The Evolution of Affordable Content Efforts in the Higher Education Environment

Chapter 1 – Introduction to The Evolution of Affordable Content Efforts in the Higher Education Environment

by Kristi Jensen and Shane Nackerud (bios)

Increasing Costs of Higher Education and Textbooks

The escalating costs of higher education and increasing student debt have been well documented over the past decade. Since 2008, state financial support for higher education has continued to decrease across the United States,[1] resulting in a steady increase in tuition and fees.[2]  Financial aid has failed to keep up with these increases,[3] producing more financial pressure for students and their families. In August, 2010, the Wall Street Journal reported that student-loan debt had surpassed credit card debt, and the popular press has consistently reported on the student loan crisis since that time, with Forbes and other financial publications reporting that student loan debt in the U.S. rose to $1.5 trillion in the first quarter of 2018.

In addition to higher student loan debt, tuition, and fees, students are faced with textbooks whose cost has outpaced the rate of inflation by 800–1,000% (depending on the time period examined).

In addition to higher student loan debt, tuition, and fees,  students are faced with textbooks whose cost has outpaced the rate of inflation by 800–1,000% (depending on the time period examined).[4] The Trends in College Pricing 2017 report from the College Board indicates that student budgets should include at least $1,200 for books and supplies at public and private four-year institutions, and at least $1,400 at public two-year institutions (2017, p. 10). In Time to Degree, the National Student Clearinghouse Research Center indicates that the average time to degree completion for students at four-year public and private institutions is 5.2 and 4.8 years, respectively (2016, p.8). If students pay $1,200 per year for books and supplies, they have paid $6,000 for these materials by the time they graduate. And if students take out additional student loans to pay for these materials, they spend approximately $1,650 in interest as well (assuming an interest rate of 5.05% and 10 years). Paying $6,000–$7,650 is equivalent to paying for an extra semester of tuition at many four-year public institutions.

In Student Success Upfront, Subiano demonstrates why dollar amounts like the annual cost of textbooks are important to today’s students:

The public conversation about college affordability tends to center on big, scary numbers, like the $50,000 some colleges now charge in tuition, or the $1.5 trillion Americans collectively owe in student loans. But college officials working to improve completion rates know that much smaller sums of money can play an outsize role in student success. The difference between graduating or dropping out could hinge on a student’s ability to come up with just a thousand dollars.

Several student surveys[5] have examined behavior related to textbooks, and demonstrate that students are taking fewer courses, are dropping or withdrawing from courses, and are failing courses because of high textbook costs. All of these outcomes have the potential to negatively impact students’ time to or completion of a degree. The emphasis on student completion rates in higher education has been demonstrated frequently during the last decade.[6] As universities acknowledge that student success is impacted by relatively small dollar amounts and that student behaviors related to course enrollment are affected by expensive textbooks, providing affordable course content programs becomes even more important.

Beyond student success, the high cost of course materials can also have a relatively hidden impact on the ability of college students to afford the basic necessities of their daily lives. In addition to managing course loads and finishing assignments, many students face the stresses of being unable to pay for food, housing, transportation, and tuition. According to a recent report by the California State University system, 41.6% of CSU students reported food insecurity, with 21.6% reporting very low food security[7]—a troublesome statistic that is most likely the reality in other college and university systems nationwide as well. Making students choose between a textbook and food for themselves or their families is an undue burden that affordable content can help alleviate.  Some faculty and staff may think course material costs are a minor concern when compared with the sticker shock of tuition, but providing affordable content to students can often make the difference in helping students meet their basic needs. Affordable content efforts can therefore be framed as a matter of social and economic justice, with some students immediately feeling their impact.[8]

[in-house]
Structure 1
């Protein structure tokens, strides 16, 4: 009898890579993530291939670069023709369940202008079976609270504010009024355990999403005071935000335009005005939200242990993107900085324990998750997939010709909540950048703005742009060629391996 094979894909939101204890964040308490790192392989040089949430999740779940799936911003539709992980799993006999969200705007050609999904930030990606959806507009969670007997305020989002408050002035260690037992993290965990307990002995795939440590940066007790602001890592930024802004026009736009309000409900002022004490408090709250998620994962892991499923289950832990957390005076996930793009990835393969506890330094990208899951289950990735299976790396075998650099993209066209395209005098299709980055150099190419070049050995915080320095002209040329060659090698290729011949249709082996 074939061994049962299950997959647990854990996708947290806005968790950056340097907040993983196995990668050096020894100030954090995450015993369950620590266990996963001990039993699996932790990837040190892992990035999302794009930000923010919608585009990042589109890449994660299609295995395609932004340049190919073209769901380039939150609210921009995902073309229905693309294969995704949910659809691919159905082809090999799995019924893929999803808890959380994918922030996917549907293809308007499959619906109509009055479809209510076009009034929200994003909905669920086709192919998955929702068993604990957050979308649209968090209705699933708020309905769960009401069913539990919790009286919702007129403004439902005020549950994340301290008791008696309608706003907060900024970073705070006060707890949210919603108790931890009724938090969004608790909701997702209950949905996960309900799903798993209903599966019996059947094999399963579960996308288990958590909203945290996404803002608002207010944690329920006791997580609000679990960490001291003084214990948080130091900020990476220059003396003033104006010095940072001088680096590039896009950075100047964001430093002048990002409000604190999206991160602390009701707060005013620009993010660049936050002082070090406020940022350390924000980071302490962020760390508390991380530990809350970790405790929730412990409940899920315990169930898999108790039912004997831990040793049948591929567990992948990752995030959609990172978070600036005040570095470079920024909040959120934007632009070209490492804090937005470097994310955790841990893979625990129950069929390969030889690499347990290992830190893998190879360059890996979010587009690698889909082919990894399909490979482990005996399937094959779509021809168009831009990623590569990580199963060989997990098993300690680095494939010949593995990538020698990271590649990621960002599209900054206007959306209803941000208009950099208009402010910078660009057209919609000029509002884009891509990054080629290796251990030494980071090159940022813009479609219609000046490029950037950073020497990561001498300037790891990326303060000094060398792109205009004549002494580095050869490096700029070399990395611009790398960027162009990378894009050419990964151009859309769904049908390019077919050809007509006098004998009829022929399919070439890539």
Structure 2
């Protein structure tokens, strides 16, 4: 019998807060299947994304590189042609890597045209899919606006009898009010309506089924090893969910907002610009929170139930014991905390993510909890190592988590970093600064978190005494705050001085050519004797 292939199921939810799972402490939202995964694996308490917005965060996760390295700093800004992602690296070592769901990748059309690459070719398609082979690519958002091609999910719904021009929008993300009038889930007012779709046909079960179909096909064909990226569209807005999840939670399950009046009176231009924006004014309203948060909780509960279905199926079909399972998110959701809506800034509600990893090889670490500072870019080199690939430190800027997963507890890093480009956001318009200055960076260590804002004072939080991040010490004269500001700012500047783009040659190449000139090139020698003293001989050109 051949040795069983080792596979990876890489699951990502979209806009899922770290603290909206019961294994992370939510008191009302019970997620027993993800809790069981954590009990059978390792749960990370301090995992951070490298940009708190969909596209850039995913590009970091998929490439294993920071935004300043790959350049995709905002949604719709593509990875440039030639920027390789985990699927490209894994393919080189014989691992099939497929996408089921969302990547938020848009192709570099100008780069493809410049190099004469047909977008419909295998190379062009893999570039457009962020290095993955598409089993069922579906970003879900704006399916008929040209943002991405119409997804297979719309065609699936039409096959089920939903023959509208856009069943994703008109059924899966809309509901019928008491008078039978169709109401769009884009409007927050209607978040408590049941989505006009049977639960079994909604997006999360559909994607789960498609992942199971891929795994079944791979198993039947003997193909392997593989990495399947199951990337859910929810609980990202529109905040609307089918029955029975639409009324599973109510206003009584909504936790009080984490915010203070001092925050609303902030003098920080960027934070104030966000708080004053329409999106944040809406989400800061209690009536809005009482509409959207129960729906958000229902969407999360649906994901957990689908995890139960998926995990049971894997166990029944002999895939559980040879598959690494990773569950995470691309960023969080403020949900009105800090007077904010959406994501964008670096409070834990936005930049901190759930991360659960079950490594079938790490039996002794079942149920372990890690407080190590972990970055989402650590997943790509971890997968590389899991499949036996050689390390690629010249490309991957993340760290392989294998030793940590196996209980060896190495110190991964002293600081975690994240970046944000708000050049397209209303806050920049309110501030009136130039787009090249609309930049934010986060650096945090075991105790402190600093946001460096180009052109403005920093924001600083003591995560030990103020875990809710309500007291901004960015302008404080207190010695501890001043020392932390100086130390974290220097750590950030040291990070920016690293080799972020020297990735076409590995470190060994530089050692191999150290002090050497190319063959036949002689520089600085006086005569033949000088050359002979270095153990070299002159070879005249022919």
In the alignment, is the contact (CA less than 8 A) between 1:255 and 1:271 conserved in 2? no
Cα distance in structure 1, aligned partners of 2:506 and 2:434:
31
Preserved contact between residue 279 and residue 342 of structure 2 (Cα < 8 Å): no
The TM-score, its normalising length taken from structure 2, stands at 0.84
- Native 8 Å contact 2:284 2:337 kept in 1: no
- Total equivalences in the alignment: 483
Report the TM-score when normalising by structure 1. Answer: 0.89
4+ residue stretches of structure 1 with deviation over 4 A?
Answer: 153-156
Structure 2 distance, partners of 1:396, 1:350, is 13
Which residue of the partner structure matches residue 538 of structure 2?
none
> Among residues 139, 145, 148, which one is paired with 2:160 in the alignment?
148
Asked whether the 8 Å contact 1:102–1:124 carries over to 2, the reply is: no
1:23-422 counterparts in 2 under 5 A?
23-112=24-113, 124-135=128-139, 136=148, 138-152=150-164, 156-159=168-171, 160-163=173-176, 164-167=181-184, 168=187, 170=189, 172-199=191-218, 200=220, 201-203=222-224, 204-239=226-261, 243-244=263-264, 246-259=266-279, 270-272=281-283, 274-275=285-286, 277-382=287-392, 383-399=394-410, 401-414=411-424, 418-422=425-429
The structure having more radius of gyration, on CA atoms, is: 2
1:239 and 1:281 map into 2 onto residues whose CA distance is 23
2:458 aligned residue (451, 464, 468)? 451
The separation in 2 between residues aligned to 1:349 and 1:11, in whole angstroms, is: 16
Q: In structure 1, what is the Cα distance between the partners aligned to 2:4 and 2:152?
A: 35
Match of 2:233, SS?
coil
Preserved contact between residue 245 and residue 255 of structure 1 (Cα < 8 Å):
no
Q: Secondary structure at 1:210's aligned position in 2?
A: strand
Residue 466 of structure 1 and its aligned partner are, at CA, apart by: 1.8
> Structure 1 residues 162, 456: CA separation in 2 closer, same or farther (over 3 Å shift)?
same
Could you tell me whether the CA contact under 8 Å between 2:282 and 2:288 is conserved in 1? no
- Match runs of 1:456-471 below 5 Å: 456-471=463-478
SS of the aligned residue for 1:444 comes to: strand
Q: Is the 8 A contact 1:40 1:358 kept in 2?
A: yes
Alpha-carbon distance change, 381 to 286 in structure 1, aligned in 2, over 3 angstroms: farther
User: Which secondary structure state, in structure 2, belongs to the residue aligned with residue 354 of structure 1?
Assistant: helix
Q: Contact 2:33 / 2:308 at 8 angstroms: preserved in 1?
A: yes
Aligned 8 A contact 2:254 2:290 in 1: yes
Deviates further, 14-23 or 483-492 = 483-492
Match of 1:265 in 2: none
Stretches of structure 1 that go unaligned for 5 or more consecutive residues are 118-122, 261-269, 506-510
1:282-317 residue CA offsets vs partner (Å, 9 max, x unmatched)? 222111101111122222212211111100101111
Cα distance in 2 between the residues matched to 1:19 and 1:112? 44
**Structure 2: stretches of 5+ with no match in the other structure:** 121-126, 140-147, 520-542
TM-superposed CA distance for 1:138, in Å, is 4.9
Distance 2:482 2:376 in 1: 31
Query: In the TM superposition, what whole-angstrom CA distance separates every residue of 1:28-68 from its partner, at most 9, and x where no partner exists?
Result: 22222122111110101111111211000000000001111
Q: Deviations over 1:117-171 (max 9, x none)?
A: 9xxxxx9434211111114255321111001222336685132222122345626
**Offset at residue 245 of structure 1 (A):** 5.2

Textbook Selection and Support Models

The selection of textbooks or other course materials has traditionally been made by a single faculty member, a department chair (for some entry-level courses), or a cohort of faculty (for large enrollment courses taught by multiple instructors, for example). Choices are focused on the materials that best convey the subject matter to students, and these choices often reflect strategies that were modeled to faculty during their own higher education experiences. Price may or may not be a consideration when faculty are considering textbooks for a course; the NYPIRGs found that “Twenty-eight percent (28%) [of faculty] reported that they do not typically know the prices of the books they assign” (2008, p. 4). Given attention to textbook costs over the past decade, it seems likely that faculty are now more aware of the issue; they may not, however, know about  the various affordable content options available to them today.

Alternatives to the traditional textbook model have existed on college campuses for a long time.

Alternatives to the traditional textbook model have existed on college campuses for a long time. Some institutions have developed student textbook rental programs, or have provided all course materials for a dramatically reduced fee (some for more than 100 years[9]). Bookstores, like ours at the University of Minnesota, have worked hard to provide students with a range of affordable options including used books, rentals, robust buyback options, discounted digital textbooks, and more. Bookstores, printing services, and local copyright permission centers have produced print course packs as an alternative or in addition to textbooks for a course. Libraries have placed print materials on reserve either as primary or supplemental course materials for decades, and later added digital reserves. Libraries have also begun purchasing multi-user ebooks to replace course textbooks.